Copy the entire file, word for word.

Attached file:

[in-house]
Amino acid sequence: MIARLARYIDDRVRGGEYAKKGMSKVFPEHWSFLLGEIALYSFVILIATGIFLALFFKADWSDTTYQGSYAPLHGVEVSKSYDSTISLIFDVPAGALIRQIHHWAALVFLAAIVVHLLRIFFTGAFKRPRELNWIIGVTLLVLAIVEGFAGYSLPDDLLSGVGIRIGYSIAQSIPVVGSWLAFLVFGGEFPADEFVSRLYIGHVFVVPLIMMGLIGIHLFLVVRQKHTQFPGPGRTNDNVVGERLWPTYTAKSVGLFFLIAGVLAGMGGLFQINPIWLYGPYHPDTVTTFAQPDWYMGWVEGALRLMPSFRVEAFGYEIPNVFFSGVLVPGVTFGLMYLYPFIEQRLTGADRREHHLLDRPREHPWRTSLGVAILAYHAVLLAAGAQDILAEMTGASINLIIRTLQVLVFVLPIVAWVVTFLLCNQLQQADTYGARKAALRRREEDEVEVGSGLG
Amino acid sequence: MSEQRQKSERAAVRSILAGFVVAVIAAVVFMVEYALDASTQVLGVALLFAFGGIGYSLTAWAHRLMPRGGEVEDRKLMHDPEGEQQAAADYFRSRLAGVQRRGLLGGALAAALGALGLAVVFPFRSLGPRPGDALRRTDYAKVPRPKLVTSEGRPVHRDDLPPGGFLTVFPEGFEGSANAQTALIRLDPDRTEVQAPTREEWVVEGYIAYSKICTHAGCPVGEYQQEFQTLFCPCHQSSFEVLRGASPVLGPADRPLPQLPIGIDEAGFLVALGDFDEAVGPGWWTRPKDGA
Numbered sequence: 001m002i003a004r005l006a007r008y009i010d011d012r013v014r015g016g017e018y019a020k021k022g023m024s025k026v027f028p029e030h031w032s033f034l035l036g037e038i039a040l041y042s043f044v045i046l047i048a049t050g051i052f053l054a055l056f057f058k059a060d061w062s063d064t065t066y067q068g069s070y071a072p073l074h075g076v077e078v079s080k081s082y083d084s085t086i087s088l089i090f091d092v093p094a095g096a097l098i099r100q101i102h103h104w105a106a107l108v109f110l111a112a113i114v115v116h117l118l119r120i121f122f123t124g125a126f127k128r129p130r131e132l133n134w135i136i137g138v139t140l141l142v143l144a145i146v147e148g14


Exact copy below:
[in-house]
Amino acid sequence: MIARLARYIDDRVRGGEYAKKGMSKVFPEHWSFLLGEIALYSFVILIATGIFLALFFKADWSDTTYQGSYAPLHGVEVSKSYDSTISLIFDVPAGALIRQIHHWAALVFLAAIVVHLLRIFFTGAFKRPRELNWIIGVTLLVLAIVEGFAGYSLPDDLLSGVGIRIGYSIAQSIPVVGSWLAFLVFGGEFPADEFVSRLYIGHVFVVPLIMMGLIGIHLFLVVRQKHTQFPGPGRTNDNVVGERLWPTYTAKSVGLFFLIAGVLAGMGGLFQINPIWLYGPYHPDTVTTFAQPDWYMGWVEGALRLMPSFRVEAFGYEIPNVFFSGVLVPGVTFGLMYLYPFIEQRLTGADRREHHLLDRPREHPWRTSLGVAILAYHAVLLAAGAQDILAEMTGASINLIIRTLQVLVFVLPIVAWVVTFLLCNQLQQADTYGARKAALRRREEDEVEVGSGLG
Amino acid sequence: MSEQRQKSERAAVRSILAGFVVAVIAAVVFMVEYALDASTQVLGVALLFAFGGIGYSLTAWAHRLMPRGGEVEDRKLMHDPEGEQQAAADYFRSRLAGVQRRGLLGGALAAALGALGLAVVFPFRSLGPRPGDALRRTDYAKVPRPKLVTSEGRPVHRDDLPPGGFLTVFPEGFEGSANAQTALIRLDPDRTEVQAPTREEWVVEGYIAYSKICTHAGCPVGEYQQEFQTLFCPCHQSSFEVLRGASPVLGPADRPLPQLPIGIDEAGFLVALGDFDEAVGPGWWTRPKDGA
Numbered sequence: 001m002i003a004r005l006a007r008y009i010d011d012r013v014r015g016g017e018y019a020k021k022g023m024s025k026v027f028p029e030h031w032s033f034l035l036g037e038i039a040l041y042s043f044v045i046l047i048a049t050g051i052f053l054a055l056f057f058k059a060d061w062s063d064t065t066y067q068g069s070y071a072p073l074h075g076v077e078v079s080k081s082y083d084s085t086i087s088l089i090f091d092v093p094a095g096a097l098i099r100q101i102h103h104w105a106a107l108v109f110l111a112a113i114v115v116h117l118l119r120i121f122f123t124g125a126f127k128r129p130r131e132l133n134w135i136i137g138v139t140l141l142v143l144a145i146v147e148g14